Despite all this, it has come as no surprise to political analysts that in the immediate aftermath of the unsuccessful mission into Iran, many Americans expressed support of President Carter and his decision to make the raid. They recall that just after the abortive Bay of Pigs invasion of Cuba in 1961, President John F. Kennedy's popularity increased markedly.

A Newsweek-Gallup poll released April 26 found that 71 percent of the Americans surveyed approved of the raid. The poll also showed that 46 percent approved of President Carter's overall handling of the Iran crisis, 42 percent disapproved, and 12 percent had no opinion.

But the analysts say that there is a natural tendency to rally to the President's support in a crisis. They doubt that the support shown in the immediate aftermath of the rescue raid will translate into any lasting support for the President, particularly after it becomes apparent that the raid may have made any future rescue effort or release of the hostages by the Iranians more difficult.This appears to be all the more true in light of reports from Iran that the hostages now are being dispersed to locations outside Tehran.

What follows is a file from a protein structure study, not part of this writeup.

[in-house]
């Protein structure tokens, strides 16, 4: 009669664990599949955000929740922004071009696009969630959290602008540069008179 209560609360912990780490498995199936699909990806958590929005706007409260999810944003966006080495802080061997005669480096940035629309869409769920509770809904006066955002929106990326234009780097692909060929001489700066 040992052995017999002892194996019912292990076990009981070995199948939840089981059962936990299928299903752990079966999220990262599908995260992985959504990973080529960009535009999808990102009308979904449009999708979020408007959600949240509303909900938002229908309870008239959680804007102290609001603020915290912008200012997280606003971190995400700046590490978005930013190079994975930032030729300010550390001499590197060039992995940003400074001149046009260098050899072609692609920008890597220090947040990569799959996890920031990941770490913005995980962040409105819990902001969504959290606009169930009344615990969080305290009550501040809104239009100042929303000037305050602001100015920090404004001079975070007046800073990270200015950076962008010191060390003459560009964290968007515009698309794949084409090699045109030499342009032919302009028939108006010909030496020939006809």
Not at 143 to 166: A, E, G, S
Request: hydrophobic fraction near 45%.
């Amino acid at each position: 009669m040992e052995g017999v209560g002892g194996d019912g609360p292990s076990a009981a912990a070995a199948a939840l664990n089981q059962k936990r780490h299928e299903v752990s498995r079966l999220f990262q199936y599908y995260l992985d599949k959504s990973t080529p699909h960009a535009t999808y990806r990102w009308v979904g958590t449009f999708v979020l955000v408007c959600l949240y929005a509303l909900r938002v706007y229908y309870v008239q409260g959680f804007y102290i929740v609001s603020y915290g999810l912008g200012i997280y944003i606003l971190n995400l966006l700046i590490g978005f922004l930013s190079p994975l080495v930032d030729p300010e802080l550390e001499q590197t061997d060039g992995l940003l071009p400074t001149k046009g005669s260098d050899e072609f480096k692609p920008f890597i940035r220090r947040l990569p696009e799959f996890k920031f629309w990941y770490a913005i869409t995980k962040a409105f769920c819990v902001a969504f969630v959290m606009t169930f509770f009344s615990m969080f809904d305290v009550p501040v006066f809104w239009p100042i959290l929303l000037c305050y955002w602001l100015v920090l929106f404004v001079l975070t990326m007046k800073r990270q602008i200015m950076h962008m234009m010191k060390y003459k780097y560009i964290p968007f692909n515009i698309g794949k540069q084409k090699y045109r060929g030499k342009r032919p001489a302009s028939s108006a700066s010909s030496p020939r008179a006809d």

Similarly, analysts of European affairs expect the West European allies to be largely supportive of Mr. Carter in the early stages of reaction to the abortive rescue effort. The President's national security adviser, Zbigniew Brzezinski, told the ABC television network April 27 that the President had received a number of "warm messages" from allied leaders. But the analysts are concerned that the long-term effect of the raid may be to reinforce the impression among some Europeans that President Carter is an uncertain leader who lacks the skills and experience to carry out an effective foreign policy. Other analysts think the US has suffered a blow as well to its credibility among Middle East nations outside Iran.

But in order to buy time and prevent President Carter from taking more extreme measures, the European allies and Japan are expected to continue to go along with ecomains back to Tehran."